When I went to buy my first video, I checked out the terms of service. They are located here. The interesting thing, which you can tell from the way the TOS are worded, is that you are signing up for a generalized payment processing system, not for a video purchase system. That’s a big deal, and an under-reported one. Some bloggers discovered the Google Purchases system in October, but no one in the press is talking about it right now.

The TOS says that I’ll be doing business with Google Payment Corp, a wholly owned subsidiary or Google. The other surprising thing is that it clearly says that GPC will not charge a service fee. As a video publisher, I know that if I choose to have Google collect fees for me, they reserve the right to take a portion of the fees, so it’s not like they are running Google Purchases for free or anything.

When you go to confirm the purchase, here are the final three reminders you get:

  • Requires Internet connection to watch
  • Requires Windows 2000 or XP
  • All sales final

There is also a small note saying, “Google processes video sales but is not the seller.”

Once the purchase is completed, you download a GVP file, just like with the free movies. It is formatted precisely the same. And fetching the video content outside of the Google Video Player also works fine. So that’s one interesting bit: the copy-protected files travel over vanilla HTTP, no cookies required. If you know the URL for a file someone purchased, you can download it. Playing it is a different matter, of course.

I took a look at the header of the copy-protected file while it was downloading. It has the same format, with the LIST of type “goog” and a chunk named GDAT. But there’s two extra chunks named “DRMI” and “drmh”. After that the AVI file seems to be about the same, but the chunks of video and audio are undoubtedly encrypted.

When you go to play the copy protected file, it works just like iTunes. The file indicates that it is copy protected, and the viewer talks to Google via SSL. I presume it submits your username, password, and the video id, and in return gets a key to decrypt it. If you try to play the file without a network connection, it fails, even after I’d watched it once, which means they chose not to use a key caching file, like Apple’s iTunes did. Good thing too, because that’s the feature that made it possible to break iTunes’ DRM system.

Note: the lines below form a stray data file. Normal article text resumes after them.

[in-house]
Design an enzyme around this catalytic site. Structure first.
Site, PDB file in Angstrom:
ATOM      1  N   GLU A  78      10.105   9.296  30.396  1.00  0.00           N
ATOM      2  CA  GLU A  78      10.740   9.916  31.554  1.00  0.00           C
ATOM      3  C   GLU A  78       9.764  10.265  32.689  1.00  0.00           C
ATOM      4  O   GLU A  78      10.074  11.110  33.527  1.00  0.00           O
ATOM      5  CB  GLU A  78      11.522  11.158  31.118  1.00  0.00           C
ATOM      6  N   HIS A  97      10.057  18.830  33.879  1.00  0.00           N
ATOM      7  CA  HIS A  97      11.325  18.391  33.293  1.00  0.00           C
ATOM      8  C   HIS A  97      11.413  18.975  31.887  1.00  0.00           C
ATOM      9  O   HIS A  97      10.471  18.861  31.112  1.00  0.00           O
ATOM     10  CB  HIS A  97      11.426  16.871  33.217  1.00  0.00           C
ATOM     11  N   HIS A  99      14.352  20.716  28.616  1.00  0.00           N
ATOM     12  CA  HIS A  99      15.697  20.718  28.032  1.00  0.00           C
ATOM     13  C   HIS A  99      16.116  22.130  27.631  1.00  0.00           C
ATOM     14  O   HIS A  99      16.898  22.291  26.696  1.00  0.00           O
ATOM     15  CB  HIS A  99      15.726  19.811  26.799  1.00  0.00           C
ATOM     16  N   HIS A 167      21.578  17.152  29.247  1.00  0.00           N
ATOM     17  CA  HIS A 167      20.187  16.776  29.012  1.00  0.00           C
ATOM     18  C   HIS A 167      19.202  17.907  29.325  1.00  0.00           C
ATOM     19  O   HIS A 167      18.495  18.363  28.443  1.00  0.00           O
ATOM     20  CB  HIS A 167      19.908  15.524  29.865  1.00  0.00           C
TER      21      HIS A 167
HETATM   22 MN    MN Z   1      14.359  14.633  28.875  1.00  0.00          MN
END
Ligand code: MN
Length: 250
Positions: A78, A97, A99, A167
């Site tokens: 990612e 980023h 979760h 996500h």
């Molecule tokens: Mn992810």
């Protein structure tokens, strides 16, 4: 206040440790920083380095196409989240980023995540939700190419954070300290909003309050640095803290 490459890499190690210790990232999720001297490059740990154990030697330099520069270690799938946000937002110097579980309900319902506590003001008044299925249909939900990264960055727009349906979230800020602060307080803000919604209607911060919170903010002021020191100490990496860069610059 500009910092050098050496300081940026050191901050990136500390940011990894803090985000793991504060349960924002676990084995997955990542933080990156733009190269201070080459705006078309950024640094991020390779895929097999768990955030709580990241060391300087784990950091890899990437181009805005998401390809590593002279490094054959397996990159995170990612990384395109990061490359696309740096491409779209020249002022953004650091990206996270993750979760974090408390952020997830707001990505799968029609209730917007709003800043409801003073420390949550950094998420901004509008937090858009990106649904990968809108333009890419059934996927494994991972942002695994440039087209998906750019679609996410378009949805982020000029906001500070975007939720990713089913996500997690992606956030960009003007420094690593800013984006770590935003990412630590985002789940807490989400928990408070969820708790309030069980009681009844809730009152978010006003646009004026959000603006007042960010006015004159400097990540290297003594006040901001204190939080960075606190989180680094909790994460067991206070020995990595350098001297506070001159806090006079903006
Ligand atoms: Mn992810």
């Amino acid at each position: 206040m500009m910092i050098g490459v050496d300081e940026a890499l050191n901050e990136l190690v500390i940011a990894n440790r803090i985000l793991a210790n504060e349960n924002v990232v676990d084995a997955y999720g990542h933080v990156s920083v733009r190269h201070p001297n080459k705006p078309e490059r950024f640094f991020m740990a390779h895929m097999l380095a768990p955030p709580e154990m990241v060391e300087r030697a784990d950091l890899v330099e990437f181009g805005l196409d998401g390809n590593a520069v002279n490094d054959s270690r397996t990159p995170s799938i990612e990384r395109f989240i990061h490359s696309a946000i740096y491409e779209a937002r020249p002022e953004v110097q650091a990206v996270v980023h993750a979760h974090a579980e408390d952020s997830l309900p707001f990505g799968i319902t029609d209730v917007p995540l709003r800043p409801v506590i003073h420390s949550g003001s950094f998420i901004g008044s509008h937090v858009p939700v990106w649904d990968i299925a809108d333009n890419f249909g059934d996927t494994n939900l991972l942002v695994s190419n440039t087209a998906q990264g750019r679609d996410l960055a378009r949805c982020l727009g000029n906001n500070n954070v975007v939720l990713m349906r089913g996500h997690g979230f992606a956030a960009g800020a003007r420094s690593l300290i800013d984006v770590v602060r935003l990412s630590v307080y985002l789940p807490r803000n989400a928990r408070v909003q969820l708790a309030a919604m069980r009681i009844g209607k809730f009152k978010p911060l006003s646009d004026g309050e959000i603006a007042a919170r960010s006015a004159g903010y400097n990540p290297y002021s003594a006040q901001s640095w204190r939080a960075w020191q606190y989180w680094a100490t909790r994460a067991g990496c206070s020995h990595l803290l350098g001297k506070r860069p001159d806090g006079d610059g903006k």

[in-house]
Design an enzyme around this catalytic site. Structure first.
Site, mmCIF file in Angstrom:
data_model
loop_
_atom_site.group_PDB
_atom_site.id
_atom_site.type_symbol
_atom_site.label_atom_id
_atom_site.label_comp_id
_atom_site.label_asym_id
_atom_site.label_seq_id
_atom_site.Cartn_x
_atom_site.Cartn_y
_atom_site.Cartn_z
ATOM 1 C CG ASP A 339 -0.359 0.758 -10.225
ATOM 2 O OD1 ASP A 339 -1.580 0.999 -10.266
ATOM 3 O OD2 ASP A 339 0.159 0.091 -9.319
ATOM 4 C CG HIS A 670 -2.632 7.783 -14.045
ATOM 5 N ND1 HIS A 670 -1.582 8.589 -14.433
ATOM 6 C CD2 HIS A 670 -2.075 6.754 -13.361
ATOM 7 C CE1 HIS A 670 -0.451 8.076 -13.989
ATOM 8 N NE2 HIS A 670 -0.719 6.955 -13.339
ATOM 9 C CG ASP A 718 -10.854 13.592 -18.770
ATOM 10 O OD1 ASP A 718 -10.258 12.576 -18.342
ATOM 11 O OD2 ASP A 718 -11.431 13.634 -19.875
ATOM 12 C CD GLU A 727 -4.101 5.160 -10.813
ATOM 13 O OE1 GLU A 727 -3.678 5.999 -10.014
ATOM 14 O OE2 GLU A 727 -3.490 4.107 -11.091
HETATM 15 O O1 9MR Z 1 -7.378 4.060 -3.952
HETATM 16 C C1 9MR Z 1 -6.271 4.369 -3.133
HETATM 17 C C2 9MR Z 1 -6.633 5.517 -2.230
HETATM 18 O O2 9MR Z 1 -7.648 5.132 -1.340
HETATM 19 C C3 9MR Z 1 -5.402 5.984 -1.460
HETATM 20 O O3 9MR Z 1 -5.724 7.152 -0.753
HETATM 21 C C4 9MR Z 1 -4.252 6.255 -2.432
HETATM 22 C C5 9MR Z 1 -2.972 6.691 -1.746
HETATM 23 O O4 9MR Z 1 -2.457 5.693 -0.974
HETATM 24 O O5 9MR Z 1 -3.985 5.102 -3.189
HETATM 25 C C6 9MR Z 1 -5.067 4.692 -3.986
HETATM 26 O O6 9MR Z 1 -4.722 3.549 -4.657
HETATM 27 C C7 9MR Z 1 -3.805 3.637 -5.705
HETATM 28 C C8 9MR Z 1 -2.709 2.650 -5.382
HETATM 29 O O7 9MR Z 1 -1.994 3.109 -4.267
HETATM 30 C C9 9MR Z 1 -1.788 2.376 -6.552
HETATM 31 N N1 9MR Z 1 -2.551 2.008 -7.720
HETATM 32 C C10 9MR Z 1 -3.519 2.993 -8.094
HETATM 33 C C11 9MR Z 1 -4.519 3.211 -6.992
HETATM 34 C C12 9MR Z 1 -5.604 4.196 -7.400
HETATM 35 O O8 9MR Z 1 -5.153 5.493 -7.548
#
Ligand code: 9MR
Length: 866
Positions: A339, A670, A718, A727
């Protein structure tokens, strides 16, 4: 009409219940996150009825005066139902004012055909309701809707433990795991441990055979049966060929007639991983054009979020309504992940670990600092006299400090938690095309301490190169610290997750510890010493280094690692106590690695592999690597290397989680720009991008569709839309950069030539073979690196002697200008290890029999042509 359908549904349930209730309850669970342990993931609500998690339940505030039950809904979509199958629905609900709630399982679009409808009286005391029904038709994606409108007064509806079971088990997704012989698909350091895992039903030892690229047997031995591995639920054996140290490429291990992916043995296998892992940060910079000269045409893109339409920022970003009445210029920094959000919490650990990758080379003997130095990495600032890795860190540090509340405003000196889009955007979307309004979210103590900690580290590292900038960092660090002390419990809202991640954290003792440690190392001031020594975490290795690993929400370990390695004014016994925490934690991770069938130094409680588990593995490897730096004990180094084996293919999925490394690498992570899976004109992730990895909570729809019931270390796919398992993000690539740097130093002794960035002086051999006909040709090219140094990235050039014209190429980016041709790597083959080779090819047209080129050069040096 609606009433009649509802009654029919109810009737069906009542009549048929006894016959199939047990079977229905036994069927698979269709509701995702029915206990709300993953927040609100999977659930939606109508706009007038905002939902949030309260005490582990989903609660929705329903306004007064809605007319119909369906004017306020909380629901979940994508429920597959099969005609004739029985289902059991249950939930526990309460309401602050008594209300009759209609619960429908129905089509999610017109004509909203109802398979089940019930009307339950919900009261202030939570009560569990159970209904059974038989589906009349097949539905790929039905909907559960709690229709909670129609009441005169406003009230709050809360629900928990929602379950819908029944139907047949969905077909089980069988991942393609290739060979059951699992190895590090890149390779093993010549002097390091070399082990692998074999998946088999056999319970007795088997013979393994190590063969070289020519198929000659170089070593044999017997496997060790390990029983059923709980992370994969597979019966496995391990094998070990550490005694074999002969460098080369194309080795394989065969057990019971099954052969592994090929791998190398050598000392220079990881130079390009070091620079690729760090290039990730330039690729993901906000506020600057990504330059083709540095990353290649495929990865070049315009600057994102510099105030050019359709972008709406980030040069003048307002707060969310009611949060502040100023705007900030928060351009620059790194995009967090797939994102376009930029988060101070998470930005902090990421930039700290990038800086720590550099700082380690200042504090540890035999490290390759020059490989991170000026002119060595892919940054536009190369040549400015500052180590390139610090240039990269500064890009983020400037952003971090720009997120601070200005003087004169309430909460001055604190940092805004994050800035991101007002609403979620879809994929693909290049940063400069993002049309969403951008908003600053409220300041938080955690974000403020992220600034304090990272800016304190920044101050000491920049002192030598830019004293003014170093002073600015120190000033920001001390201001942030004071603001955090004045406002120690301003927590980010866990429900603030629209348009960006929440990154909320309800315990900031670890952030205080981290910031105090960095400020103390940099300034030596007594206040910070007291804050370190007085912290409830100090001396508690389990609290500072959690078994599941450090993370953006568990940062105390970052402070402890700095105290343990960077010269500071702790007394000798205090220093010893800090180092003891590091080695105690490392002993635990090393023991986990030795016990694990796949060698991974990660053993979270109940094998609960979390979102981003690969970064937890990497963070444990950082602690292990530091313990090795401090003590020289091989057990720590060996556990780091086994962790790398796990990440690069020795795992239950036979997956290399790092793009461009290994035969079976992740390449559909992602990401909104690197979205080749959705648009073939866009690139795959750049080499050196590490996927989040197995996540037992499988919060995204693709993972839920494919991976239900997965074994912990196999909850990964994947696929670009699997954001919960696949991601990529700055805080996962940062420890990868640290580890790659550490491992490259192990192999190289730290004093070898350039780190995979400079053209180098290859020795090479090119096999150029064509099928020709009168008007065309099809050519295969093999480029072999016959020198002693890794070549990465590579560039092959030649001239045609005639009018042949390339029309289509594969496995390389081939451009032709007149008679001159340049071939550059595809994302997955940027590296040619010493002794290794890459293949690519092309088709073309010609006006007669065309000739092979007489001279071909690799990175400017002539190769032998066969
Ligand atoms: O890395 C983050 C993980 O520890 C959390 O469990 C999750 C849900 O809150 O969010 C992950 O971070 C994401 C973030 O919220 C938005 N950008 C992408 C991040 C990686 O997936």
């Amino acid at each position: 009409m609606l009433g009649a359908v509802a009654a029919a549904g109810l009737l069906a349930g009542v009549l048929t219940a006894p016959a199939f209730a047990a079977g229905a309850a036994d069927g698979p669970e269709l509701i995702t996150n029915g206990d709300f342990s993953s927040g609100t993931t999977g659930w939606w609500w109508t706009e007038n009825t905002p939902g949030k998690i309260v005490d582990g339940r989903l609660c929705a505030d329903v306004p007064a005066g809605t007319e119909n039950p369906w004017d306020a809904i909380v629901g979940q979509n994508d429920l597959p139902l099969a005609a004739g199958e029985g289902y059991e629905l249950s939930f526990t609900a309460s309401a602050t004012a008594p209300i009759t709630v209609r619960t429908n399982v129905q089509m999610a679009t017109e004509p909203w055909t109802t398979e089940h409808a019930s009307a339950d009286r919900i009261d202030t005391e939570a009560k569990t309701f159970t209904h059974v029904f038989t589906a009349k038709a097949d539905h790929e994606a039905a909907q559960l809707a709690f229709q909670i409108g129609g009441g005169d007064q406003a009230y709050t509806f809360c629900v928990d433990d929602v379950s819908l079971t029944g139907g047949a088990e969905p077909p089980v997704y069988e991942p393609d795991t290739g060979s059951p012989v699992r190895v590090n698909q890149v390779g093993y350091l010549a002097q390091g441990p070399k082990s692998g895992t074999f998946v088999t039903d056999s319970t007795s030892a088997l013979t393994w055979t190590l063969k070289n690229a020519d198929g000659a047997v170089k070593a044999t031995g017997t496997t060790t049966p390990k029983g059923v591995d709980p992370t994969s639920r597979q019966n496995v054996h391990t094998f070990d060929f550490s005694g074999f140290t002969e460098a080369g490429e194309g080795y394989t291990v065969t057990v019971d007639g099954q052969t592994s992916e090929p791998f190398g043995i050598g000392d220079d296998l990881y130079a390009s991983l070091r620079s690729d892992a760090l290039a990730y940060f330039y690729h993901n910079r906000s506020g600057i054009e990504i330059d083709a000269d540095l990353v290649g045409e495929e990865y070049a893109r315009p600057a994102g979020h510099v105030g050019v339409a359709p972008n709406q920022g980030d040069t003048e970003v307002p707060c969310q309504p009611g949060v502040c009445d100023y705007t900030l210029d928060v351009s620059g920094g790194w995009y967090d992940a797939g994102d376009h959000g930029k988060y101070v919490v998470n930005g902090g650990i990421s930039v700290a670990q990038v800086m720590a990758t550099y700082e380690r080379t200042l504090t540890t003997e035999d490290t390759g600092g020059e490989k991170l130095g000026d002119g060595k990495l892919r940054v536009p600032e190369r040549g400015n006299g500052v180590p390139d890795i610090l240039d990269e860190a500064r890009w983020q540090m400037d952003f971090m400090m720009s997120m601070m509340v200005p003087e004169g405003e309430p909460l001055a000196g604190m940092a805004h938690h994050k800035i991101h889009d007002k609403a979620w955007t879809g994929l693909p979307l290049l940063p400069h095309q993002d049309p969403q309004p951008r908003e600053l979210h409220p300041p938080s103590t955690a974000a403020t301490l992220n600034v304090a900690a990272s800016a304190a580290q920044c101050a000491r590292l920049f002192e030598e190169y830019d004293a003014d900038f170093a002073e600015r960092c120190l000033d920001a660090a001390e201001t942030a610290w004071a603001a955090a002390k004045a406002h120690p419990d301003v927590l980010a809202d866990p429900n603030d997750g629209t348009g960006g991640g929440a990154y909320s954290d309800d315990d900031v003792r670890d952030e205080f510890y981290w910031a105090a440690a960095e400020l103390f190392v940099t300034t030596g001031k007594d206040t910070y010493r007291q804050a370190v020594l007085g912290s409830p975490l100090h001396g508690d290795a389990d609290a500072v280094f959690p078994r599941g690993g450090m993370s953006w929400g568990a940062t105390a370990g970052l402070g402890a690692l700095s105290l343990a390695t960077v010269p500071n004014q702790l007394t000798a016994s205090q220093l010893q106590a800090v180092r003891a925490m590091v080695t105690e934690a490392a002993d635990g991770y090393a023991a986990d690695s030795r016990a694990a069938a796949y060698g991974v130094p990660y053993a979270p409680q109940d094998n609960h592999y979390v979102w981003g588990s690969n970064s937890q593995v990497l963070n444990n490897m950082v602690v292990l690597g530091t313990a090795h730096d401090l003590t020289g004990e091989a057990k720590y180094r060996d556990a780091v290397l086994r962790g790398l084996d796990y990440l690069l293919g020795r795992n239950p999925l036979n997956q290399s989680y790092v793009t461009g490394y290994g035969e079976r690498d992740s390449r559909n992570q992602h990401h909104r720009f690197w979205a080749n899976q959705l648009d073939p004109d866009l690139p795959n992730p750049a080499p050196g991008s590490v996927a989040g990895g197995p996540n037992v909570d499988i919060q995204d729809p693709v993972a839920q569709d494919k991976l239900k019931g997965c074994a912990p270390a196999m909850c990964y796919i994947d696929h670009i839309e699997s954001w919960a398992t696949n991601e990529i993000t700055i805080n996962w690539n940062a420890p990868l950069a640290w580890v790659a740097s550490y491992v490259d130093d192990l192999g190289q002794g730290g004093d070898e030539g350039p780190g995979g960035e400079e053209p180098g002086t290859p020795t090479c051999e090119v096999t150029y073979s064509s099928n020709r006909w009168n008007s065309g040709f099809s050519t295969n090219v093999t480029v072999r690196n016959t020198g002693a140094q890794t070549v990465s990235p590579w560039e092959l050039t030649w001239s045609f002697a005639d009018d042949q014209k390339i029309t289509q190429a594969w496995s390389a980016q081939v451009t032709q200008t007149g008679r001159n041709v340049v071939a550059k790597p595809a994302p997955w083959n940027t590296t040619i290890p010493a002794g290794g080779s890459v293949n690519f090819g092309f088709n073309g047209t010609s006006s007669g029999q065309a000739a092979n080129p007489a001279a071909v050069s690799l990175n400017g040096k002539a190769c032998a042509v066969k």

Google Video Player said, “checking for updates”, and then downloaded a decoder of some sort. Due to operator error, I didn’t manage to capture that in Ethereal, so I’ll have to try again sometime to make that happen. Finally the video played. The framerate and colors were very disappointing, bordering on unwatchable. It might be better once the entire file has loaded, but once Google Video Player got a good long ways ahead of the paused video, it stopped downloading.

All in all, an interesting way to spent $1.99, but not something I’d ever do again probably.

Update: When you strip out the “goog” list from the front of a GVI file, you get a valid AVI that will play in Windows Media Player and WinAmp. The following script, called gvi2avi will convert a GVI to an AVI:

#!/usr/bin/perl -w

use File::Format::RIFF;

my ( $riff1 ) = File::Format::RIFF->read( *STDIN );
$riff1->shift();
$riff1->write( *STDOUT );

An unmodified GVI file (i.e. with the “goog” list intact) will play correctly in VLC.